Garlic in the ears, Wow! Actually, I have heard of garlic oil in the ears for earache. But I just add a grated garlic clove to the honey/ginger/turmeric/lemon/pepper tea. Is delicious, like an instant Thai broth but a super healing one. Love this idea of making an entire jar of it. Guess I was always too sick when making this tea to think of that!
  • Dawnee
    Do I use only the zest of the lemon, or the juice as well?
    • Hi Dawnee, we only used the zest to leave the consistency of the honey as natural as possible. But you can definitely squeeze some lemon into the hot water together with the honey. /Luise
  • This looks incredible! Just what we need around here. Thanks for sharing.
  • This looks great even for an immunity boost! Also, lots of luck and healthy vibes to you guys as you approach the deadline. We're all rooting for you and if I lived closer, I'd even come by with a get well soon basket! x
  • Yum! I love warm water with lemon and turmeric in the morning, and this looks like a fantastic new spin on that. Turmeric and lemon really do wonders for the body - I love the added use of ginger, black pepper, and honey! I definitely need to try this :)
  • Yes, ginger and honey is very good for you when you have a cold. So are onions - they also clear sinuses, and help with persistent coughs. And they are great to treat middle-ear infections! In our family, we use onion syrup to treat coughs - chop an onion finely, put it in a jar together with 2 table spoons of honey. Leave to stand on the radiator for a few hours, strain and take a teaspoon of syrup 3-4 times a day.
  • Powerful stuff! And such a great color. I make something similar but not quite the same. I will definitely give this version a try. Especially with all the illness going around. Time to give my immune system a boost! Xoxo C
  • Kara
    Hopefully this kicks my cold in the ass:) PS. It's of course not of cause!
  • Valeria Pestana
    Where do you get a hold of fresh turmeric? When I start to get a cold I usually go for home made ginger tea with a bit of lemon, honey and cayenne... I didn't know I could add turmeric into the mix (: For some reason I find the photographs remarkably stunning ---even more than usual! O: --- and so reminiscent of bright colors that will hopefully come along soon enough. I just feel it! spring is almost here!! :D All the best.
    • Hi Valeria, we find fresh turmeric in a couple different health food stores around Stockholm (Gryningen and Götgatans Hälsokost both have it from time to time). But if you can't find it fresh you can also use ground turmeric. /Luise
    • You can always find fresh turmeric on Amazon, if all else fails. ;) I have a great recipe using turmeric root, cinnamon, coconut milk n a few other ingredients n it's AMAZING!!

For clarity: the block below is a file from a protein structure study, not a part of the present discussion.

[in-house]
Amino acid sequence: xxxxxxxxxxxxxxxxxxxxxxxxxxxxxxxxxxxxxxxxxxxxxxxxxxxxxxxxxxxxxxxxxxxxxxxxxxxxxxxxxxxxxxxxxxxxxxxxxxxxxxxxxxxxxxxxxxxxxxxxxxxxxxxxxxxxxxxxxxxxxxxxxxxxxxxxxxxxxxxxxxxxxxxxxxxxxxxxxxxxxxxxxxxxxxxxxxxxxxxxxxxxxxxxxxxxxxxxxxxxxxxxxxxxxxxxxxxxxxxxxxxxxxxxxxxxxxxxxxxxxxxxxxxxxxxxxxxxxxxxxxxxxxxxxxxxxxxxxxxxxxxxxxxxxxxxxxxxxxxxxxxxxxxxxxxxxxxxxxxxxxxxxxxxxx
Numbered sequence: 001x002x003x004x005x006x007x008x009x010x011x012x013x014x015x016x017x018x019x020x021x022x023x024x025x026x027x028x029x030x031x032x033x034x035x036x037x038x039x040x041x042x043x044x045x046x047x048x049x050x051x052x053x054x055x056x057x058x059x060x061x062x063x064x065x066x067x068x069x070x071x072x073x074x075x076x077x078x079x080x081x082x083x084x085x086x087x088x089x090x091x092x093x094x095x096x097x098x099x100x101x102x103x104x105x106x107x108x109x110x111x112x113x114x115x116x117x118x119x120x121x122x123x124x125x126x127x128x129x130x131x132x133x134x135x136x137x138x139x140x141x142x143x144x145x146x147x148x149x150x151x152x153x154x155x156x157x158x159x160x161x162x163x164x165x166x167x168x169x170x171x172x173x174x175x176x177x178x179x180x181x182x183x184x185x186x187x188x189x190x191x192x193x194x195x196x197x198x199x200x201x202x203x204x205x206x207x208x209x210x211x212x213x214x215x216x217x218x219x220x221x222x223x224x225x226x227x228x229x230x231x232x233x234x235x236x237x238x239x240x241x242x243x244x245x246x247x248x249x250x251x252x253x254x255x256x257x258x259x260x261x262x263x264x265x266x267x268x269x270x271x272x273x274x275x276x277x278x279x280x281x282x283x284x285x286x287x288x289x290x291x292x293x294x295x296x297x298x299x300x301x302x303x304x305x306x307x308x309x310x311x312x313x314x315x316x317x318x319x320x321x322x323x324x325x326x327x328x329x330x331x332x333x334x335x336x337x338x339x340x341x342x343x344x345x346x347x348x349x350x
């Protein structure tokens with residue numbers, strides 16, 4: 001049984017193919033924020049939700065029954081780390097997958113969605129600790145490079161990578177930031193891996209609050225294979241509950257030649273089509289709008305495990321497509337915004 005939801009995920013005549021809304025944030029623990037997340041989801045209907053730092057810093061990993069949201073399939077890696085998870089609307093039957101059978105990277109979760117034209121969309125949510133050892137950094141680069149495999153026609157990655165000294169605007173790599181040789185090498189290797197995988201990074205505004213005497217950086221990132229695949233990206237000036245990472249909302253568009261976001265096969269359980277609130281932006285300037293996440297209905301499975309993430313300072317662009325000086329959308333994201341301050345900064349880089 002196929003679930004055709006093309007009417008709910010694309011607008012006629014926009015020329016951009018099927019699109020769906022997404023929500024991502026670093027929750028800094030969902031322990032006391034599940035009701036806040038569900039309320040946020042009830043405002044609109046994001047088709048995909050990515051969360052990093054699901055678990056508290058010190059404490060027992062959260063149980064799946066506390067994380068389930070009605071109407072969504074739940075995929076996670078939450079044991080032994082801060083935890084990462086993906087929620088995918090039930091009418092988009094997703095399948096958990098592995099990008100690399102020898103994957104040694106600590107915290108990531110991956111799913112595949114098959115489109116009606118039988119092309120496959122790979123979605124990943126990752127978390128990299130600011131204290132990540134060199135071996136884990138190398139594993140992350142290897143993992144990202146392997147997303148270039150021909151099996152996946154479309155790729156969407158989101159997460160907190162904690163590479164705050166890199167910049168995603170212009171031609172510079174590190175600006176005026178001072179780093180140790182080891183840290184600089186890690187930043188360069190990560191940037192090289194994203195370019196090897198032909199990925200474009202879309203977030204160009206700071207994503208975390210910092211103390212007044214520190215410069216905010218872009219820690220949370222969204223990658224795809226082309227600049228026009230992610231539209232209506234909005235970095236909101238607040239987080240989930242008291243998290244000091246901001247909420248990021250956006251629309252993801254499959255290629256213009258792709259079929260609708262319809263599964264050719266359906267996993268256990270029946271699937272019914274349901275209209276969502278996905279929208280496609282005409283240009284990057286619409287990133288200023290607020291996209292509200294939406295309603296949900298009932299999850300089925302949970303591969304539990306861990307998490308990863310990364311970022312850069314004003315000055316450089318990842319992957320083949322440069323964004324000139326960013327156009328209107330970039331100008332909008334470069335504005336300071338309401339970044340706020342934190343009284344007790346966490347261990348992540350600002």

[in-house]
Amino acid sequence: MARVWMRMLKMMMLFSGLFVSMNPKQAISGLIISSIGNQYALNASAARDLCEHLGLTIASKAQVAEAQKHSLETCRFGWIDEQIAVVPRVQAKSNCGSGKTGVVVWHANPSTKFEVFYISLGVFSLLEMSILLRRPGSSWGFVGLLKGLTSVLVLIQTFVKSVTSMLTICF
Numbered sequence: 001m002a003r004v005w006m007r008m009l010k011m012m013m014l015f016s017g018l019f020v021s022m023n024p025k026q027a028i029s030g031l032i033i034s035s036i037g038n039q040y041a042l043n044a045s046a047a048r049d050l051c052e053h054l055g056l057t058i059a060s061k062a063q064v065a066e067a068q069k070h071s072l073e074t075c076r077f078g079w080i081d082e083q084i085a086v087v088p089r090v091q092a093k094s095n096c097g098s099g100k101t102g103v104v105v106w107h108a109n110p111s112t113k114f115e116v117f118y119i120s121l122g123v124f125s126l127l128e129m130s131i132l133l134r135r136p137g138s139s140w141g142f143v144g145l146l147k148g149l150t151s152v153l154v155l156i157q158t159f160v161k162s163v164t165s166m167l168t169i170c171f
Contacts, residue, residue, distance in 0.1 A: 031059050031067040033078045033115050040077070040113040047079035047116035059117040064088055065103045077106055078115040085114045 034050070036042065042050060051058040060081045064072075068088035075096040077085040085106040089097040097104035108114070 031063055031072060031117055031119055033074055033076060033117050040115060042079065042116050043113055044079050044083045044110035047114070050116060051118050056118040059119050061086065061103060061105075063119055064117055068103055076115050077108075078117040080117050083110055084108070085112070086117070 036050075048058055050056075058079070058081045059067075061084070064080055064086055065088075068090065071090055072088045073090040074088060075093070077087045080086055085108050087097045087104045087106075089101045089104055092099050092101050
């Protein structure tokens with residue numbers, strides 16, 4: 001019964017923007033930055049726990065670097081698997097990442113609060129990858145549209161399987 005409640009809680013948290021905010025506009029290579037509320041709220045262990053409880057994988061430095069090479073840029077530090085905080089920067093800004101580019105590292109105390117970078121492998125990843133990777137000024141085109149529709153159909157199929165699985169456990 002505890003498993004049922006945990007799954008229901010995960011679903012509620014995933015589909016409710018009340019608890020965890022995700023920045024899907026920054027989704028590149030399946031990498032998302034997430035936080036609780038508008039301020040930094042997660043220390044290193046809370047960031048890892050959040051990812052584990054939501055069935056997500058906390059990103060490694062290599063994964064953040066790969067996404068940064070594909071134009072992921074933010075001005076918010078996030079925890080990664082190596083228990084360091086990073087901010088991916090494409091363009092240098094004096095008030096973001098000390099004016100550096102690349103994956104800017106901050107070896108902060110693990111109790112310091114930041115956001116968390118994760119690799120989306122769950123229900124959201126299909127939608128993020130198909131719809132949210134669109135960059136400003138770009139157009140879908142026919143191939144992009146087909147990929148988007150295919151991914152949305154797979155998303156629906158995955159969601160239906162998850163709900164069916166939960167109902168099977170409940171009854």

• Yessy
        Can you please share with us your recipe as well, I love anything coconut and I just went to the store and bought turmeric and ginger powder. Thank you!
  • I love tumeric and its colour! We'll try it at home, thanks for sharing! :)
  • sarah
    omg . the fotos are amazing .. i'm fascinated by the colours .. so intensive and so powerful .! really really great .. the soup can just taste wonderful :)
  • Wow, that looks delicious! Is it possible to get the recipe for the ginger caramels before Christmas? I looove ginger caramels. :)
    • Hi, I left a short description of the caramel recipe in a comment further down. /David
  • My husband never takes medicines, only turmeric to cure him when he's sick! I can't stand the taste, but next time I will try this mix with honey and ginger! Thanks for sharing!
  • amazing photography, i love the photo with a tablespoon of turmeric dissolving in water, magic! Good luck with the work! I know how difficult it can be to focus and work efficiently with a cold. Oops what cold, you probably fought it already away with this recipe ;) all the best!
  • Oh thank's! I'm gonna give this a try to get rid of my never ending cold...
  • Cyndie
    Hello ! I saw you used a mineral iron pan for your fabulous shakshuka. I'm curious, are you happy with it? I also bought one and you know it's always a mission to find a good compromise for this kind of stuff! ( healthy-eco-parctical ) Thank you ;)
  • The photography is just stunning in this post. Well, I guess I say that about pretty every post you make but man, how I love the bold colors here. Especially when paired with the light gray marble background. A big HOORAY to your book manuscript deadline! I absolutely love your first one and am sure the second one will be even more marvelous.
  • Looks amazing, can't wait to try! Good luck with your book! The first is amazing (just tried the cauliflower cakes the other day, they were delicious) and I'm sure the second will be at least as great! Best, Julie
  • Marieke
    After sneezing and coughing a lot (I really mean A LOT) for the last few days this was exactly what I needed! Thank you!! I'm also really looking forward to your book as I LOVE your last one and your blog!